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Colic is when a healthy baby cries for a very long time, for no obvious reason. It is a common problem that affects some babies during the first 3 to 4 months of life.
Colic is defined as when a baby’s crying:
Colic often begins suddenly, with loud and mostly nonstop crying. This constant, extreme crying can be very stressful and difficult for parents.
Babies with colic are often fussy, gassy, and don't sleep well. But in most cases they grow and gain weight normally.
Colic will go away on its own. This often happens by age 3 months, and in most cases by age 6 months.
Experts don’t know for sure what causes colic. There are a few theories about why it happens. Colic may occur when babies:
Other theories about what causes colic are less likely. These include:
A healthy baby may have colic if he or she cries or is fussy for several hours a day, for no obvious reason. Colicky babies often cry from 6 p.m. to midnight.
Colicky crying is louder, more high-pitched, and more urgent sounding than regular crying. Colicky babies can be very hard to calm down.
Babies who have colic may show symptoms such as:
The symptoms of colic can be like other health conditions. Make sure your child sees his or her healthcare provider for a diagnosis.
The healthcare provider will ask about your child’s symptoms and health history. He or she will give your child a physical exam. You may be asked questions such as:
Blood tests and X-rays or other imaging tests may be done. These can help find out if your baby has other health problems.
There are many tips for helping to soothe and deal with a colicky baby.
If your baby is bottle-fed, it may help to use a curved bottle. This lets you hold your baby in an upright position.
To reduce the amount of air your baby swallows during feeding, burp your baby often. Using a bottle with a collapsible bag or liner may also help.
Learning how to understand your baby's cry can help in dealing with colic. It takes some time for parents and babies to get used to each other. Also remember that it’s normal for babies to cry for a certain amount of time every day.
What works for one baby may not work for another. Other suggestions to try include:
If your baby is bottle-fed and these methods don’t work, your child’s healthcare provider may recommend a 1-week trial of a non-milk-based formula.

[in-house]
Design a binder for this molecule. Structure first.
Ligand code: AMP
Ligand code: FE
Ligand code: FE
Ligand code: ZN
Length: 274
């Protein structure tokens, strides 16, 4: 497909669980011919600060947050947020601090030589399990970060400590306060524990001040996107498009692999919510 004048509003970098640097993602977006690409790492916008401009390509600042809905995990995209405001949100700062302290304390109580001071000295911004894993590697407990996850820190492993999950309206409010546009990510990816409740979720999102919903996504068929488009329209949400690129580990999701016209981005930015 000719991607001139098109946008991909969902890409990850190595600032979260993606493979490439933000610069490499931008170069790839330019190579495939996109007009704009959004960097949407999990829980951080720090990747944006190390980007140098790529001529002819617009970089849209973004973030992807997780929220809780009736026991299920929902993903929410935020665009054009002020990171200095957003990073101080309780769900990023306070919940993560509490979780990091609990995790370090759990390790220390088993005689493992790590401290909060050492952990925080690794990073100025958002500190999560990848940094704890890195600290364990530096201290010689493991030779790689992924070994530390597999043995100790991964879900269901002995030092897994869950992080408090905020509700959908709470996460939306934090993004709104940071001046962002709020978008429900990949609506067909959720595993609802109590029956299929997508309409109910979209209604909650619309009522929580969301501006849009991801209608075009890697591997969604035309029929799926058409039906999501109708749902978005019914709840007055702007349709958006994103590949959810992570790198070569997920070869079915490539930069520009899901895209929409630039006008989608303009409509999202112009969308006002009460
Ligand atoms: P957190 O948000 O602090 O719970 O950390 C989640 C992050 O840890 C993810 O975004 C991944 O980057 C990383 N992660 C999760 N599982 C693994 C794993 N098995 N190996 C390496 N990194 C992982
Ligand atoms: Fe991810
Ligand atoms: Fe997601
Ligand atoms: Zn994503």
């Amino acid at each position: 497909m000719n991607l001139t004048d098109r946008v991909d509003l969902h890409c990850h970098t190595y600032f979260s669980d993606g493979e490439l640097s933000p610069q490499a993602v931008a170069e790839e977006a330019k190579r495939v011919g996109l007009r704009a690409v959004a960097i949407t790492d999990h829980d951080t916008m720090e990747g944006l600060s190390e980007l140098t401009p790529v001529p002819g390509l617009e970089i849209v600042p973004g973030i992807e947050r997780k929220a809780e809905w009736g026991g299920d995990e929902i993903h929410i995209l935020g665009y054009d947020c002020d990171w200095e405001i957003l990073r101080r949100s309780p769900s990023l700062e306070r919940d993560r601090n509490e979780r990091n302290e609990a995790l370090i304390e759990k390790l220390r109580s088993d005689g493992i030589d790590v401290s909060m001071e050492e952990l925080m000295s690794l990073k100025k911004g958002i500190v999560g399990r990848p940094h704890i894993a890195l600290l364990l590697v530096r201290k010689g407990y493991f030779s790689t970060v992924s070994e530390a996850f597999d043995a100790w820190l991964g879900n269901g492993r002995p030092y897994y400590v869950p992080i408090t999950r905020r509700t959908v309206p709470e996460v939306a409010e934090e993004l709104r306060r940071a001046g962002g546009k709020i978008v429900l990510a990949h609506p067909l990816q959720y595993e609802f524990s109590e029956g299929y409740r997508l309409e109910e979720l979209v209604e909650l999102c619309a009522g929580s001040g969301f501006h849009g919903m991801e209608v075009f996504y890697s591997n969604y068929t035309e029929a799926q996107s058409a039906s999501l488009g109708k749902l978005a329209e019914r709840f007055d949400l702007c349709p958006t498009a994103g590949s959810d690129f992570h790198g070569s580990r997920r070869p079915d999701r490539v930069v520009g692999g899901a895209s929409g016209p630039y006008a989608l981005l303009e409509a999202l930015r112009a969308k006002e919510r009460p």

If you breastfeed your baby, the provider may suggest that you avoid foods that are likely to cause an allergic reaction. This means that you should not have milk, eggs, nuts, or wheat for a period of time.
Dealing with a colicky baby is stressful. It may help to let someone care for your baby from time to time. Ask an adult family member, friend, or a responsible babysitter. It’s important to take a break. Taking care of yourself and reducing your stress level may help your baby as well.
Colic may become a concern because:
Having a colicky baby can be very stressful for parents. It can make you feel tired, guilty, and even depressed. Your baby's healthcare provider can suggest some things to do that may help to calm your baby. It’s important to know that colic is a common condition in young babies. It will go away on its own, often by age 3 months. In most cases it is gone by age 6 months.
If possible, have someone else watch your baby when you become stressed. If no one else is available, make sure your baby is safe and go into another room. Distract yourself from your baby's cries. Crying will not hurt your baby. Some communities have free or low-cost care called respite nurseries. You can leave your baby there for short periods of time.
Before assuming your child has colic, look for other signs of illness. These may include:
Call your child's healthcare provider if you see any of these symptoms. Also call if your baby is crying too much. Your child's provider will give your baby an exam. This is to make sure that there are no other health problems causing your baby’s symptoms.
Bayhealth is Southern Delaware’s healthcare leader with hospitals in Dover and in Milford. Bayhealth provides a wide range of medical services, including cardiovascular, cancer, orthopaedics and rehabilitation, pediatrics, respiratory care, sleep care, surgical weight loss and women’s services.